Tag Archives: Corrie Ten Boom

Coincidental Presence

That night the king could not sleep; so he ordered the book of the chronicles, the record of his reign, to be brought in and read to him. It was found recorded there that Mordecai had exposed Bigthana and Teresh, two of the king’s officers who guarded the doorway, who had conspired to assassinate King Xerxes.
Esther 6:1-2 (NIV)

I am currently listening to the book The Volunteer by Jack Fairweather. It tells the true story of a Polish army officer who volunteered to be arrested and sent to Auschwitz concentration camp in order to smuggle out news of what was happening in the camp and to attempt to create a resistance movement from within. After enduring the hell-on-earth realities inside the camp for years, he escaped and was able to offer primary source evidence of what was happening inside the camps to the Allies.

As I’ve been listening, it has brought to mind the story of Corrie Ten Boom (told in her book The Hiding Place), a Dutch Christian who ended up in the Ravensbruck concentration camp with her sister. She and her family hid Jews in their home until they were caught by the Nazis and sent to concentration camps. She was the only member of her family to survive. I have a connection to Ten Boom through my mentor, and the founder of our company, who was head of marketing for the feature film made about Corrie Ten Boom’s life (also called The Hiding Place). He spent a lot of time with her and she had a tremendous impact on his life. As long as I knew him, he had a photo of Corrie in his office and he loved telling stories about her.

The first-hand accounts of life and death inside the Nazi concentration camps are always sobering and difficult to read or hear. They are so horrific and difficult to fathom or absorb. I’m reminded, however, of Corrie’s description of her sister, Betsie, who never failed to experience God’s presence, and even joy, amidst the terror of their daily existence inside the camp. Corrie was released from Ravensbruck because of a clerical error. She spent the rest of her life telling her story and telling whoever would listen: “There is no pit so deep that God’s love is not deeper still.”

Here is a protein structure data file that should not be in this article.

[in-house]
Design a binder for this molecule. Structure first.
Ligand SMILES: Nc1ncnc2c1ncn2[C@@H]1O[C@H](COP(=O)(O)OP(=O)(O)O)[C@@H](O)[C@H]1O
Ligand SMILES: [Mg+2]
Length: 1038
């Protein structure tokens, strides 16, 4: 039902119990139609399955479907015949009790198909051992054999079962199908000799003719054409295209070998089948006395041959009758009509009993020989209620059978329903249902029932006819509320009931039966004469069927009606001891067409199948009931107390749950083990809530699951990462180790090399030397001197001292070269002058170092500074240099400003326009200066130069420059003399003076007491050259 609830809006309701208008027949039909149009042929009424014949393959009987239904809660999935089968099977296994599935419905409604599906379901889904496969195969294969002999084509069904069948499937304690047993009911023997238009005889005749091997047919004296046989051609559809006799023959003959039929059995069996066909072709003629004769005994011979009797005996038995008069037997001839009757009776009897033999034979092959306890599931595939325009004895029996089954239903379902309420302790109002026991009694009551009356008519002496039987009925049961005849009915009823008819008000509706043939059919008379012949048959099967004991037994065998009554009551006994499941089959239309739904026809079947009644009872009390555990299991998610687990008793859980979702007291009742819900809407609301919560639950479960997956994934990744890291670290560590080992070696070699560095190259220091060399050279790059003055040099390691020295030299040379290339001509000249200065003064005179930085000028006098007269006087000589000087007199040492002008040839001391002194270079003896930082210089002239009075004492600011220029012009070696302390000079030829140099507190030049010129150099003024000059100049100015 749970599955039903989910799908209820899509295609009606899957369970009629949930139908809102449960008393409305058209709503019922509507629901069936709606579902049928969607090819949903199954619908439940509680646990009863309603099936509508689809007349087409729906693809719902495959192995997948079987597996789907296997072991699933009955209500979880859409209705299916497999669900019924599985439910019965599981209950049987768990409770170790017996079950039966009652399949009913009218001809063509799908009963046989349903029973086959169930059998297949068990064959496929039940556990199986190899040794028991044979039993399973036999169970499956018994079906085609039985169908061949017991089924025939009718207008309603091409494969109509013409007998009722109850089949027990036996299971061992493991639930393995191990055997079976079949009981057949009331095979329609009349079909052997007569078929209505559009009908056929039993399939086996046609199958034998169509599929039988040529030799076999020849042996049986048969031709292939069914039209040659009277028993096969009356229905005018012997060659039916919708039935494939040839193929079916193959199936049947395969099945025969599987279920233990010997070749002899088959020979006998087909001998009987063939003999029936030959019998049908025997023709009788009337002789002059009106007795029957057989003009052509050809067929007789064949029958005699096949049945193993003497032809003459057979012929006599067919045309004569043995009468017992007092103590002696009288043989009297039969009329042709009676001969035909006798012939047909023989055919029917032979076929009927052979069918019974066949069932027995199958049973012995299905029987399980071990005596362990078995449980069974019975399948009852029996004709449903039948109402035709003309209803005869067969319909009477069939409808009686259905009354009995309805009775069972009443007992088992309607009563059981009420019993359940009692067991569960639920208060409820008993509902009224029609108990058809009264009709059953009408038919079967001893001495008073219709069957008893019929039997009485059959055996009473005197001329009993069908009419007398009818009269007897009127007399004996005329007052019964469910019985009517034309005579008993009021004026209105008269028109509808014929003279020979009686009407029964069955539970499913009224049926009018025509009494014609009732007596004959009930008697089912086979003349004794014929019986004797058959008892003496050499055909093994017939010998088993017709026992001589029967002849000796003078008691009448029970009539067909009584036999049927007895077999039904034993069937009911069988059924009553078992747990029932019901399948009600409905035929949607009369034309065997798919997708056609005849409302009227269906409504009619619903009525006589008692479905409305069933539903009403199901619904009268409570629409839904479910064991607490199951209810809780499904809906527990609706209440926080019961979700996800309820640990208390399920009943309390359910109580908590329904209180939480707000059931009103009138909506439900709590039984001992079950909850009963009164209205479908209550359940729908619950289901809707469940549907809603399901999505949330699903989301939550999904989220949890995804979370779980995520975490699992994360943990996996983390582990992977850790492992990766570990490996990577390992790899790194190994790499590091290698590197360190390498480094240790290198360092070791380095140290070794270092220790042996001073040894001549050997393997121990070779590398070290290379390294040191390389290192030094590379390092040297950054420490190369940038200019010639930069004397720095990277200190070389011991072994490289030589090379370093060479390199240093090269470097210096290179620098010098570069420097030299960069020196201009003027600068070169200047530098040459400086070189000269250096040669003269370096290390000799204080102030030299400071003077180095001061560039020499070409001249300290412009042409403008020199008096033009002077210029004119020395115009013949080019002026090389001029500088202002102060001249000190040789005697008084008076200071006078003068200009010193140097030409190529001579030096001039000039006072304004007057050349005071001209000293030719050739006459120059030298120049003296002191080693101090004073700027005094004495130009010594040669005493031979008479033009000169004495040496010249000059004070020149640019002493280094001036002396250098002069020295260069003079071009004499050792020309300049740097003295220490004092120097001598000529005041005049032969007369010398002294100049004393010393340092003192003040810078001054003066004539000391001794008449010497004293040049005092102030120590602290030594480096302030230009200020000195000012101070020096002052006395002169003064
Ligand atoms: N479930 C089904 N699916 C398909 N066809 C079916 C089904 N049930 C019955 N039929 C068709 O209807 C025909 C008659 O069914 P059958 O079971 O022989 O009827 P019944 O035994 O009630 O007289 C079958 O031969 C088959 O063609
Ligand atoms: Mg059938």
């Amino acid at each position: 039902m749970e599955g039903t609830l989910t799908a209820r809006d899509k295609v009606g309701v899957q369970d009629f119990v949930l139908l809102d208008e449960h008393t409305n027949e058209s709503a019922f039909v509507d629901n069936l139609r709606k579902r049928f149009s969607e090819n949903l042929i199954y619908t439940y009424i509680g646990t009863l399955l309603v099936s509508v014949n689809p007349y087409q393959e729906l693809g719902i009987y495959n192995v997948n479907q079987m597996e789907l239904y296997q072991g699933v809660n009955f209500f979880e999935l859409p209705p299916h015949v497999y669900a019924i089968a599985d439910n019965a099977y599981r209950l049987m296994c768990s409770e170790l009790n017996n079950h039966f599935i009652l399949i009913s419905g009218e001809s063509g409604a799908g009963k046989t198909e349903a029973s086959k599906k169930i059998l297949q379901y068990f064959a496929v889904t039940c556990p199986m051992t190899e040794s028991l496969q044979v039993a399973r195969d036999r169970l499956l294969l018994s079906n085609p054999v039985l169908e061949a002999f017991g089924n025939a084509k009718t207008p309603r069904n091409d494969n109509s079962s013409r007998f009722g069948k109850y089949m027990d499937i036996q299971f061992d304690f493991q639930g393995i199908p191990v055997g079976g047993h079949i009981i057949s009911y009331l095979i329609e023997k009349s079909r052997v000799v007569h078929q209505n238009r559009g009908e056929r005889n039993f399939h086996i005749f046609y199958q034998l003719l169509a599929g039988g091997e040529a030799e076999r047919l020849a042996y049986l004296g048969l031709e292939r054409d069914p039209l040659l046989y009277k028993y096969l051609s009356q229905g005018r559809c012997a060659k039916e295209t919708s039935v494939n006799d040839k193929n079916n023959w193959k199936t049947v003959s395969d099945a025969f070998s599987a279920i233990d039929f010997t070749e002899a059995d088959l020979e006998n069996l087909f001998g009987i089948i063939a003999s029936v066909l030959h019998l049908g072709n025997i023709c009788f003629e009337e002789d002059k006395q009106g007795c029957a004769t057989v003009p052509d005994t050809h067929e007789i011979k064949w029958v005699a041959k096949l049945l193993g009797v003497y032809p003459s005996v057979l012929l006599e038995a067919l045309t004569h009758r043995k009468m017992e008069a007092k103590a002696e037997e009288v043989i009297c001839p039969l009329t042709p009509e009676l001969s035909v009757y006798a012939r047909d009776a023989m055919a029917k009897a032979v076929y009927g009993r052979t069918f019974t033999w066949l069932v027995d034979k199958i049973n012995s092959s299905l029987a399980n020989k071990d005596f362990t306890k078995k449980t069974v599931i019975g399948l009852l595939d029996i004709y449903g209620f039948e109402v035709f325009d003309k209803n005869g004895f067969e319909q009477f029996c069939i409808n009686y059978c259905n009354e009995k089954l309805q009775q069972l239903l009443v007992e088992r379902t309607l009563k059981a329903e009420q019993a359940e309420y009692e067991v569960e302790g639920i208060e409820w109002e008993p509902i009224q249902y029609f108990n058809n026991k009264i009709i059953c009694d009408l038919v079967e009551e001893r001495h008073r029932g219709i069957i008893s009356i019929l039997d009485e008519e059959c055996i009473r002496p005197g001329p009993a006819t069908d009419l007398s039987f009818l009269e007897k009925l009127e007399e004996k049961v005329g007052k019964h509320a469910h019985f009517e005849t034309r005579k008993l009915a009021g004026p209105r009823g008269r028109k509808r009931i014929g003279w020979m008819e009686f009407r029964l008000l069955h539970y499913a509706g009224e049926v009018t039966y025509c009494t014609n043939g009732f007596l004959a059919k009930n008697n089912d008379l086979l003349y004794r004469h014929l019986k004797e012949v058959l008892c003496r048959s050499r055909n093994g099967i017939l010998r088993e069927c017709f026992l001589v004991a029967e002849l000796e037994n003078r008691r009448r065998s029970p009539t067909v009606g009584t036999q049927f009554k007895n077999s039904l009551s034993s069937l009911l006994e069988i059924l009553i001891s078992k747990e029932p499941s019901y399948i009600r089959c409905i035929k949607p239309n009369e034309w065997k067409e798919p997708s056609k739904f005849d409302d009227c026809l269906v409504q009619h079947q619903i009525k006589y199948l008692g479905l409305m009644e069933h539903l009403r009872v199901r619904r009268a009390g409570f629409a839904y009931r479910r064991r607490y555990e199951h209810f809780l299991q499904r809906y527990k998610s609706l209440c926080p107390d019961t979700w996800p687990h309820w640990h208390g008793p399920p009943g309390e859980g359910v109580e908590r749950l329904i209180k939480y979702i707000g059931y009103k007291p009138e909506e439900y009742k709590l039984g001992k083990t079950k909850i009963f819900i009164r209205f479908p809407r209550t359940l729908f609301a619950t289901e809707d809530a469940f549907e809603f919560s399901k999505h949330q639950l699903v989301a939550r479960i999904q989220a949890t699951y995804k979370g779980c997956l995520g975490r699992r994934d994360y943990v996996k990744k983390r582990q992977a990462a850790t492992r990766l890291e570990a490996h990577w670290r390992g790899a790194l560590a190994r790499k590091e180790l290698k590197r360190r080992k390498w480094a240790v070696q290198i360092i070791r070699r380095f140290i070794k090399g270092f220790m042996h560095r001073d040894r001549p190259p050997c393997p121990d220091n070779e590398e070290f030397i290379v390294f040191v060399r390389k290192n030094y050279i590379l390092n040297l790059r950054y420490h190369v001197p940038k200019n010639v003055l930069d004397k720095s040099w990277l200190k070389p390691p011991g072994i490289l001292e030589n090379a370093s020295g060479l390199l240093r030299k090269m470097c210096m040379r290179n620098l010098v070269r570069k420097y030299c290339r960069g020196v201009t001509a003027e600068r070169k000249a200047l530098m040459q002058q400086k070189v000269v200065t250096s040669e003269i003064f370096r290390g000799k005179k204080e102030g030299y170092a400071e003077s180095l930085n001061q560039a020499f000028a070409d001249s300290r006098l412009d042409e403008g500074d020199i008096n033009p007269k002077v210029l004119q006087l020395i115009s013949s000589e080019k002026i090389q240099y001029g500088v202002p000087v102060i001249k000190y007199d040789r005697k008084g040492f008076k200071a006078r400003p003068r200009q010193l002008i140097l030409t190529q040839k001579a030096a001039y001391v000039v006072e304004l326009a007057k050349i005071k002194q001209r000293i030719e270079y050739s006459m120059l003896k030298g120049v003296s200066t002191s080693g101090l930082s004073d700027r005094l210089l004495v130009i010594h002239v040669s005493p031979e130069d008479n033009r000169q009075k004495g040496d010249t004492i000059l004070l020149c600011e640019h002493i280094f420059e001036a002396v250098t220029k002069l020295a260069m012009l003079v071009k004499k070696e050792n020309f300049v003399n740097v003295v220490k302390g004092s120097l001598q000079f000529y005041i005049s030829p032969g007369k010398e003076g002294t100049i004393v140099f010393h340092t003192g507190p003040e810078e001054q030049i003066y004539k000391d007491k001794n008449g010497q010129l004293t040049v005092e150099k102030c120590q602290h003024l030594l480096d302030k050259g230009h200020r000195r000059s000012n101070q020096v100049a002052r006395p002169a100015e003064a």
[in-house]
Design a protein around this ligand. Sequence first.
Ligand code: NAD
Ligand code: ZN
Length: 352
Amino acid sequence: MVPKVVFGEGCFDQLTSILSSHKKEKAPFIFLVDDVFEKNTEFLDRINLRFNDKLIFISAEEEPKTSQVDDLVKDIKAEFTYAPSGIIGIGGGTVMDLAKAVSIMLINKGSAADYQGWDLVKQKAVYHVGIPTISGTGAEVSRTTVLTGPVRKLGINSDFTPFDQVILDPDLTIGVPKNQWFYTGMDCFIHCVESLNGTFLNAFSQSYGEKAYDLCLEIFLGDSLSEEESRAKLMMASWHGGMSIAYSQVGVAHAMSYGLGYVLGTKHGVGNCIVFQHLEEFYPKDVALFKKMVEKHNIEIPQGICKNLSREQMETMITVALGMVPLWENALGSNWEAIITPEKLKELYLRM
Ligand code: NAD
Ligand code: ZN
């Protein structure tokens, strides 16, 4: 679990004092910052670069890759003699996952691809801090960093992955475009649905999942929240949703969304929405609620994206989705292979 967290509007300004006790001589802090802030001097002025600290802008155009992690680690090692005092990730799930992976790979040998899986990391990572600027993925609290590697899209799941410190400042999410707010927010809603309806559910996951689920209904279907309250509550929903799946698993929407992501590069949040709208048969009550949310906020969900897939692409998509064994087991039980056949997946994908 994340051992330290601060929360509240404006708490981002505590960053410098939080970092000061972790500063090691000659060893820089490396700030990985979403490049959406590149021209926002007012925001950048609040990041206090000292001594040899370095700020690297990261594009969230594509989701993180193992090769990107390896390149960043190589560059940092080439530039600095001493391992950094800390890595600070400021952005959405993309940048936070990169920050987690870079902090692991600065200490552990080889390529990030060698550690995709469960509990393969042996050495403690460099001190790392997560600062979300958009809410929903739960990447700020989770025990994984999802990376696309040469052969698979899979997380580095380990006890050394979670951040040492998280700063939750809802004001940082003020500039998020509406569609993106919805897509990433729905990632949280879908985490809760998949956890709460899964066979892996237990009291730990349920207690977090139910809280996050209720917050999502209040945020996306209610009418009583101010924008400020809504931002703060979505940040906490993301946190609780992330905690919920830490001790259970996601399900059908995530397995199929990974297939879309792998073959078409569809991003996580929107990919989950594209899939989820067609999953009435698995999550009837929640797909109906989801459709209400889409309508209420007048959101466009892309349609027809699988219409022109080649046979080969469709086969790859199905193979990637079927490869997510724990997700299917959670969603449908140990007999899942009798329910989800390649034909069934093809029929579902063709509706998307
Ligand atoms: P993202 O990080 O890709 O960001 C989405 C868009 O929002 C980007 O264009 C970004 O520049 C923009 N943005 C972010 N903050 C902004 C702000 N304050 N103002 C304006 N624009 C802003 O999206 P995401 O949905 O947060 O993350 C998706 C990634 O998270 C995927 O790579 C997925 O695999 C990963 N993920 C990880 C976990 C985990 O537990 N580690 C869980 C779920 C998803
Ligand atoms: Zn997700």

In today’s chapter, we reach the narrative center of the story of Esther. Things look bleak. Esther, Mordecai, and the Jewish exiles are in a deep circumstantial pit. The king has decreed the annihilation of the Jews throughout Persia and his highest official is bent on leading the genocidal slaughter, beginning with Mordecai. But now, unexpectedly, a coincidental event becomes the pebble that starts an avalanche of events which turn the tide of the story. The King has a bout of insomnia and he insists that the annals of his reign be read to him. It just so happens that the story of Mordecai unearthing an assassination plot (about five years earlier) is read to him, and he realizes that Mordecai was never honored for bringing the dark plot to light.

As I’ve pointed out in previous posts, God is never mentioned in the book of Esther. But I find God present and active in the coincidences and events that happen in the story. If God is omnipresent, and most followers of Jesus would cognitively say that He is, then God is always present even when His presence isn’t acknowledged. Even in the deepest and darkest of pits. Betsie Ten Boom didn’t just believe in God’s omnipresence, she experienced it amidst the hell of a Nazi concentration camp, and her sister Corrie was, coincidentally, released by a clerical error in order to tell the story to millions of people.

In the quiet this morning I find myself meditating on the notion of God’s omnipresence, and what that really means. I’ve always found it odd that people in church pray almost every week for God’s presence, and in doing so deny the very thing we say we believe. If God is omnipresent, then it’s silly to ask Him to be present. What we really should pray is that we actually experience God’s presence there, here, everywhere, at all times in all circumstances. Because God is always present.

I remember sitting at the bar just inside the front door of our local pub last summer. The door was propped open to allow fresh air in the place and a friend from my local gathering of Jesus followers happened to walk by and see me there. He stood in the doorway and greeted me, then engaged me in a conversation, but it was obvious that he was not about to step foot inside the establishment and the whole conversation felt incredibly awkward. Knowing a bit about my friend’s background, I realize he was raised to believe that one should never go inside a bar and I honor his conscience. Nevertheless, I’ve known fellow believers who would avoid going into a pub as they believe it to be a godless, evil place. I’ve had some amazing God experiences and conversations in pubs. God is there.

I want to experience God’s presence at all times, in every place, and in each circumstance. It’s then that I begin to see the coincidences of clerical errors and ironies of a King’s insomnia for what they really are.

People of the Lie and the Religious Con

For such people are false apostles, deceitful workers, masquerading as apostles of Christ.
2 Corinthians 11:13 (NIV)

“What about the evils of the crusades?”
“What about the Church’s silence during the Holocaust?”